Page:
— -- The Senate overwhelmingly passed a bill to slap new sanctions on Russia and prevent the White House from making any changes without Congressional review today despite the reservations expressed by the Trump administration.
The enormous support from the Senate sets up a showdown between Congress and President Trump. The president expressed a desire to work with Russia throughout his campaign and tasked his secretary of state with improving relations between the two countries, but his policies have faced backlash as several people in Trump's inner circle remain under investigation by Congress and the Department of Justice in probes of Russian meddling in the 2016 election.
The bill mainly imposes new sanctions on Iran, targeting any individual or company that aids the country’s ballistic missile program, as well as Iran’s Revolutionary Guard Corps. After the Senate passed an amendment to the bill by 97 to 2, it now goes after Russia as well.
It hits Russia with new sanctions and codifies the existing ones imposed by the Obama administration for Russia’s occupation of Crimea and incursion into eastern Ukraine as well as its military intervention in Syria and its interference in the 2016 U.S. presidential election. The proposed legislation also mandates that the White House has to come to Congress if it wants to make any changes to sanctions.
The Trump administration reportedly wanted to lift sanctions on Russia when the president first came into office, according to former U.S. officials in government at the time. Alarmed by that prospect, a behind-the-scenes campaign began to prevent them from doing so.
While they ultimately decided not to lift sanctions, the administration has expressed reservations about the new bill. Although they have offered no official position yet, Secretary of State Rex Tillerson testified before Congress Tuesday and Wednesday, telling both chambers that he wanted “flexibility” to deal with the Russians himself.
Tillerson has said Trump tasked him with a “re-engagement process with Russia,” including greater cooperation in Syria and deputy-level meetings to deal with "irritants" in the relationship.
“I certainly agree with the sentiment that has been conveyed by several members from both parties that Russia must be held accountable for its meddling in U.S. elections,” he said before the House Foreign Affairs Committee Wednesday, but added, “We would ask for the flexibility to turn the heat up when we need to, but also to ensure that we have the ability to maintain a constructive dialogue.”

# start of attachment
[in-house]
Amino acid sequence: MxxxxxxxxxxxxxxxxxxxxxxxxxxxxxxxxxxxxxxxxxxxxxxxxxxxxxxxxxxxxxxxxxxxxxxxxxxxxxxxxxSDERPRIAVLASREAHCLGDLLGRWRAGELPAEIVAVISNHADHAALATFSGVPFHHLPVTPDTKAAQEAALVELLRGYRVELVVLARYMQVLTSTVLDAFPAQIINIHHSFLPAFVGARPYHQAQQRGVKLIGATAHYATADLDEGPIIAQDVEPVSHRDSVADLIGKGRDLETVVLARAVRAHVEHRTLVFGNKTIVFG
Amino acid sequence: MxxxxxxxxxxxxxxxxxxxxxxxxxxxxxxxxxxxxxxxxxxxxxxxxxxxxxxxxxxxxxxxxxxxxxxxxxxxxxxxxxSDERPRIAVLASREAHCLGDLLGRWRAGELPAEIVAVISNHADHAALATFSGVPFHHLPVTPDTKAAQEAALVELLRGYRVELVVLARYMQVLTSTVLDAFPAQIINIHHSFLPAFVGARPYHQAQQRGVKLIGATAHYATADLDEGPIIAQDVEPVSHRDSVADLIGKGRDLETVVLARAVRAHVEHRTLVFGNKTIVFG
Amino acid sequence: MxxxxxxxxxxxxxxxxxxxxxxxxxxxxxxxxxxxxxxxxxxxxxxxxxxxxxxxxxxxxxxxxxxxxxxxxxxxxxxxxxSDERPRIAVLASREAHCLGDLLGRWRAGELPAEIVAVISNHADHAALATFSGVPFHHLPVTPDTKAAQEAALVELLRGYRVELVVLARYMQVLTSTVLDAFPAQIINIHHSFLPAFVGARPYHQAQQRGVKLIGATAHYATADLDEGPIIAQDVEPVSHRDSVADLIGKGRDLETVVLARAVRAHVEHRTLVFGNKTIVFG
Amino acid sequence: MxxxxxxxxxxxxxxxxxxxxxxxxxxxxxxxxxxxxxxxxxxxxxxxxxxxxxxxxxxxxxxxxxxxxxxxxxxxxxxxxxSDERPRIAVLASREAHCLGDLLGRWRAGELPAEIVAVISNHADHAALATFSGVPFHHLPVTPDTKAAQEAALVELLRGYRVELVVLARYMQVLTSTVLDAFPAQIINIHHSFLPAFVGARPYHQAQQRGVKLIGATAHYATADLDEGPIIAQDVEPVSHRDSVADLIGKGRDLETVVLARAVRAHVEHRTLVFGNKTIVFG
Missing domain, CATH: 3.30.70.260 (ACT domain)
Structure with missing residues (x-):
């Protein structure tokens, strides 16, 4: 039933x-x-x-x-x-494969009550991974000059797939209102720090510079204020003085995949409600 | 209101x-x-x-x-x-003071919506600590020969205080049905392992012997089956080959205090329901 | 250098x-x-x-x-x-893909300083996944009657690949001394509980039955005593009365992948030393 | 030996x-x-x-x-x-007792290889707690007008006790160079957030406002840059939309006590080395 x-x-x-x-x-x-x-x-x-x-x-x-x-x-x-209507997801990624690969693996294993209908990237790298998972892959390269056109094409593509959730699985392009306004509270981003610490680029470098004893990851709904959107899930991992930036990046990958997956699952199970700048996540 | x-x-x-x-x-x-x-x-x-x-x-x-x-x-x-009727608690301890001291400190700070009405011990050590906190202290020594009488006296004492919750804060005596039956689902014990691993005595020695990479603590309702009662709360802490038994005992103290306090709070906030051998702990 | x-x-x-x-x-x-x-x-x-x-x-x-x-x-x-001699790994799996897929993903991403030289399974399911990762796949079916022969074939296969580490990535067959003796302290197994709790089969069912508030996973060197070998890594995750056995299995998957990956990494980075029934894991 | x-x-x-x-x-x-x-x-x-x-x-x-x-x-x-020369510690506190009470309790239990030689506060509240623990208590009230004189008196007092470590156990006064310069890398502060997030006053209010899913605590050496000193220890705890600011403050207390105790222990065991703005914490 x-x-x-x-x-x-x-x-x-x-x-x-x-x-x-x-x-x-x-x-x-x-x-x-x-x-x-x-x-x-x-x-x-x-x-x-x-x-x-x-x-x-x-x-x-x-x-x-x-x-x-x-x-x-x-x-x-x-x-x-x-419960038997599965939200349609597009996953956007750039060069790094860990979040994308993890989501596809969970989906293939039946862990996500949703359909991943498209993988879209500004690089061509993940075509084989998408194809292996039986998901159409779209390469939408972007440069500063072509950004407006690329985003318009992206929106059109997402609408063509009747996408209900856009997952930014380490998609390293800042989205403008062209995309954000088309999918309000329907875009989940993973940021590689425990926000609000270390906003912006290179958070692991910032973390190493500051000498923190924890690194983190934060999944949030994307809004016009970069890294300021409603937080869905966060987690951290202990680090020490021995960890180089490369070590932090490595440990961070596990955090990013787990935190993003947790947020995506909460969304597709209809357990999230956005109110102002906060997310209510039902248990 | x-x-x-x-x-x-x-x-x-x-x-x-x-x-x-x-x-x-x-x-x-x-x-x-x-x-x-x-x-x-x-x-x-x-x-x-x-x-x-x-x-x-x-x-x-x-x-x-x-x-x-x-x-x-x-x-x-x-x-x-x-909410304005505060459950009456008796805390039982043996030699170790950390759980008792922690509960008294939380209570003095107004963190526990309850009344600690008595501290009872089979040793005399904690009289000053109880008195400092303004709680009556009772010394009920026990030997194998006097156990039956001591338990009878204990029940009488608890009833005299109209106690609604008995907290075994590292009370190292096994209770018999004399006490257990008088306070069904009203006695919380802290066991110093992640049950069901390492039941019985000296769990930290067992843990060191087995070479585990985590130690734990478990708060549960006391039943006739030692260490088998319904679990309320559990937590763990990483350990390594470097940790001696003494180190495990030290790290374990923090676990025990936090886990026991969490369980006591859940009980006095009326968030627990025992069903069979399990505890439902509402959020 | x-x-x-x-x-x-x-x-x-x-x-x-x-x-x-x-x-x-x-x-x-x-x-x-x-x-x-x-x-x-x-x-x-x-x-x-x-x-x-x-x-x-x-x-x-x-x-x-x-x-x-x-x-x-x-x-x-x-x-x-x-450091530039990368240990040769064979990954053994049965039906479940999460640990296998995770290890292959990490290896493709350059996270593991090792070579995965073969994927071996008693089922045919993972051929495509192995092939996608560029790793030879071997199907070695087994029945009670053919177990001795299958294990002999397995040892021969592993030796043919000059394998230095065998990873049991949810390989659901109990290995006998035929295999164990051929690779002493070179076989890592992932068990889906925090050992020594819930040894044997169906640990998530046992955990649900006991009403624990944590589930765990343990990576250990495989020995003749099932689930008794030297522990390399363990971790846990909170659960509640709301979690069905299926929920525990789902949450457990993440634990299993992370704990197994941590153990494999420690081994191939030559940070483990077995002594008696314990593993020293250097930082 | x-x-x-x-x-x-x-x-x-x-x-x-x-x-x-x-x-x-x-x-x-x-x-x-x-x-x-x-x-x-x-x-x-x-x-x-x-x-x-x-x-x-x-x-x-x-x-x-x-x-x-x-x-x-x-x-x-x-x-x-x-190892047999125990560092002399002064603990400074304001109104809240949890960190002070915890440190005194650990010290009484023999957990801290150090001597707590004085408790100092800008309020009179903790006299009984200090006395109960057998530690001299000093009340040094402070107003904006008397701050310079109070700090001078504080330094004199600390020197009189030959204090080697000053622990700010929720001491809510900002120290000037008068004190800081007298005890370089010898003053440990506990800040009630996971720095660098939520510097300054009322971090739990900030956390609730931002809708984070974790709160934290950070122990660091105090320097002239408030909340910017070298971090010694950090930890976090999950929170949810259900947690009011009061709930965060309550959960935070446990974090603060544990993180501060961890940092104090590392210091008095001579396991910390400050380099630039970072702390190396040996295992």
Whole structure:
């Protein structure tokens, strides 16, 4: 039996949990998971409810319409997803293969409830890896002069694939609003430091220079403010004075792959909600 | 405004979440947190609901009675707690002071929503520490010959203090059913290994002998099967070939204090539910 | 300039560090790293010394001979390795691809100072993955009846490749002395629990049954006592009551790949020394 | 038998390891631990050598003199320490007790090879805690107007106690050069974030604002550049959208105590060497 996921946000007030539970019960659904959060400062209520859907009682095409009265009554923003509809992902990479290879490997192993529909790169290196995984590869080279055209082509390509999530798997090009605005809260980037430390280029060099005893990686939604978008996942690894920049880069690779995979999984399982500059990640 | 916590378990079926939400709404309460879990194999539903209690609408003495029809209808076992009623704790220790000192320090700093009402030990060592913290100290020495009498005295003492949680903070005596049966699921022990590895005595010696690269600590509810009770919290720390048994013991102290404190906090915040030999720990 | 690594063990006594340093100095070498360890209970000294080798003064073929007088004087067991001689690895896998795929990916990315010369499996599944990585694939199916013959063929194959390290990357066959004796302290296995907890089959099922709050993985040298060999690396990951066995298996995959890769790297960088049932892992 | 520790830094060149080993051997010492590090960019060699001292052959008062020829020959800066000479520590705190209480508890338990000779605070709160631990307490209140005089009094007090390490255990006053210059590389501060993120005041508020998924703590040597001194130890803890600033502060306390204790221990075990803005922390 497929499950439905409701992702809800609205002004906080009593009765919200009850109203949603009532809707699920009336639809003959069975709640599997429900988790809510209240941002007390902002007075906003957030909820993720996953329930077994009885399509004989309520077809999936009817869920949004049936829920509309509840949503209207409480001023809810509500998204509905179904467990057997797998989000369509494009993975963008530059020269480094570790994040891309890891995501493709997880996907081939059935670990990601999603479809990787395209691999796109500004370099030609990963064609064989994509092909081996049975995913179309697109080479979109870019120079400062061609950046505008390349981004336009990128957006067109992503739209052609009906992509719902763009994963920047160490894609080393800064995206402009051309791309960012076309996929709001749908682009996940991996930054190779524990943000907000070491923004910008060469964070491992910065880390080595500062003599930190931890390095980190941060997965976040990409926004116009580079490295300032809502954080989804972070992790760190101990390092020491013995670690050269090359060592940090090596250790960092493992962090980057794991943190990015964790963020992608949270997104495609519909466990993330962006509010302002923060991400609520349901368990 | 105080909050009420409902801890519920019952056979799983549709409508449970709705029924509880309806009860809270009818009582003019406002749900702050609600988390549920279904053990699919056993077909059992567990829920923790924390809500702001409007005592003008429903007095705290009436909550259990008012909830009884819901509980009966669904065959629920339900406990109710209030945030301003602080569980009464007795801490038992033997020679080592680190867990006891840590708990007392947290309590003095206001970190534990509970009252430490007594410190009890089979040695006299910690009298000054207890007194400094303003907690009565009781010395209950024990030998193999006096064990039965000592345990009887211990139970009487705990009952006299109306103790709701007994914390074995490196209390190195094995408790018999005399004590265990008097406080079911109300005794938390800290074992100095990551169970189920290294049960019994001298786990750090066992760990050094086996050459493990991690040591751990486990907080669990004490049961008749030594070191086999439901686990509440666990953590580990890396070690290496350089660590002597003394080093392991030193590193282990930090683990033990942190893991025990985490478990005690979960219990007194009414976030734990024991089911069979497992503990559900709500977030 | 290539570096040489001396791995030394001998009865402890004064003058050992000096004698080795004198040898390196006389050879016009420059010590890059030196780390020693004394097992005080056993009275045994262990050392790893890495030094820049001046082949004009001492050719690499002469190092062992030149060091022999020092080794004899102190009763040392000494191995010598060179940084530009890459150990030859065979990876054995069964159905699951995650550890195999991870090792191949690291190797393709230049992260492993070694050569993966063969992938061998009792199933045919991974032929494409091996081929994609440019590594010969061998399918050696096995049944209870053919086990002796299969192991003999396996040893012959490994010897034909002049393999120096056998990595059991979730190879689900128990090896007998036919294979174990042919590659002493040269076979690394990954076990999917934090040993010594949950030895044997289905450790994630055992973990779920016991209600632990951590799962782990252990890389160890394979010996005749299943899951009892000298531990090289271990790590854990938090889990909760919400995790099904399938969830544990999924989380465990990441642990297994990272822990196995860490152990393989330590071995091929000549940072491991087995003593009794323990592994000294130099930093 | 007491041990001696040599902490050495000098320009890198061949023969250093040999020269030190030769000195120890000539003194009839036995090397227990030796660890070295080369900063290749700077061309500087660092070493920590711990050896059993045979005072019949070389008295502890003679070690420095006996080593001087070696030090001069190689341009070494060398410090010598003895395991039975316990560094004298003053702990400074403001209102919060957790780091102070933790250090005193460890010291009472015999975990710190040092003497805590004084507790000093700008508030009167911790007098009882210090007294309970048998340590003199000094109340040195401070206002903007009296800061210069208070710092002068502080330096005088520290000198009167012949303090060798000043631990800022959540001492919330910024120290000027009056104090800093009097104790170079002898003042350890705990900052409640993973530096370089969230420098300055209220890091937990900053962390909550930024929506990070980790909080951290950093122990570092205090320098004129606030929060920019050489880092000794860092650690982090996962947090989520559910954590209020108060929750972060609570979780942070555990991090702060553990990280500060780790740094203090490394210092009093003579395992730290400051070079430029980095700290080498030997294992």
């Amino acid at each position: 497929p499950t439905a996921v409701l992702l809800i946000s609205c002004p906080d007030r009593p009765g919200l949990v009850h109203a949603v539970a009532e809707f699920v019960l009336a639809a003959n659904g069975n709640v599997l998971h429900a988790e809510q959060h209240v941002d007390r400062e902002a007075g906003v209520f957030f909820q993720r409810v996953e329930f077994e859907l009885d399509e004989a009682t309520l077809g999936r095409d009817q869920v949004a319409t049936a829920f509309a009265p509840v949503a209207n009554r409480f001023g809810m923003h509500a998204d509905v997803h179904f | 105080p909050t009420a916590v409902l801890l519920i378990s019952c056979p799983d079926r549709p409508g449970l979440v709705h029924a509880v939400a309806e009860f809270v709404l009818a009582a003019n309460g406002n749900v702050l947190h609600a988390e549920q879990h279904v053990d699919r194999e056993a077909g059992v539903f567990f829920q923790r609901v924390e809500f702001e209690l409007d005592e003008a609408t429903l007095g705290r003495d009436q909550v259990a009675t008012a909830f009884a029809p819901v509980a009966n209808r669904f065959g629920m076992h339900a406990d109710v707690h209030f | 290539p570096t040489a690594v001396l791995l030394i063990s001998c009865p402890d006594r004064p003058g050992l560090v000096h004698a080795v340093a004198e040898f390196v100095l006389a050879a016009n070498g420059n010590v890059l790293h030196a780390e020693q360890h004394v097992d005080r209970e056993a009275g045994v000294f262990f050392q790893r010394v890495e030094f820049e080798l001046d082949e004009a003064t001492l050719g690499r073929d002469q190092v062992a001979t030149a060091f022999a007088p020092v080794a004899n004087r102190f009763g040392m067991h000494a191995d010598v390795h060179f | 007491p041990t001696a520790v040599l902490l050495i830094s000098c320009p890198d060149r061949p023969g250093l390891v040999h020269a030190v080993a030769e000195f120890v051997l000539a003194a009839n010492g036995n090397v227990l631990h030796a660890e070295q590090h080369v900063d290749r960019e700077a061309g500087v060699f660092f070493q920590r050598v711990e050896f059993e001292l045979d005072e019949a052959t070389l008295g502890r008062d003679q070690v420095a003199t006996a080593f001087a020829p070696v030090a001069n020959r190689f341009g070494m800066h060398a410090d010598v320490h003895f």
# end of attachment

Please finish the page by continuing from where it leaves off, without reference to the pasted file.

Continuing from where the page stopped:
The bill strips the executive branch of that flexibility. But if the president vetoes the legislation -- after questioning whether Russia did meddle in the election and amid the ongoing investigations -- it could anger even Republicans and bring about an embarrassing override.
“If the president doesn’t sign this bill to punish Russia, he would be betraying democracy,” said Sen. Lindsey Graham (R-SC) on CBS’s “Face the Nation” Sunday.
Graham also introduced an amendment to the bill to reaffirm U.S. support for NATO and Article 5 of its charter, which promises common defense if any one NATO member is attacked. After bashing the alliance for months, Trump conspicuously left out any mention of Article 5 in a speech at NATO headquarters after senior administration officials said he would reaffirm America’s commitment to it.
The amendment passed 100-0.
Instead of giving any warning to the Trump administration, Senate Majority Leader Mitch McConnell (R-KY) cast blame on Obama and praised the bill’s bipartisan nature.
“After eight years of failed foreign policy under the Obama Administration — eight years of following the Obama Administration’s preferred strategy of drawing down both our forces and commitments — we must take a stronger stance in deterring Iran and holding its regime accountable for its actions and addressing Russia’s years-long pattern of provocations,” McConnell said on the Senate floor.
Russia has threatened to retaliate if Trump signs the legislation, but said they will await HIS reaction first.
“We need to wait for the final decision by the Congress, to see the reaction of U.S. President Donald Trump, but if the law is passed we will certainly not leave this move unanswered,” said Vladimir Dzhabarov, the first deputy chairman of the Russian parliament's international affairs committee, according to the Russian government-controlled news agency Sputnik.
The House will take up the legislation next, although it has not yet scheduled any vote.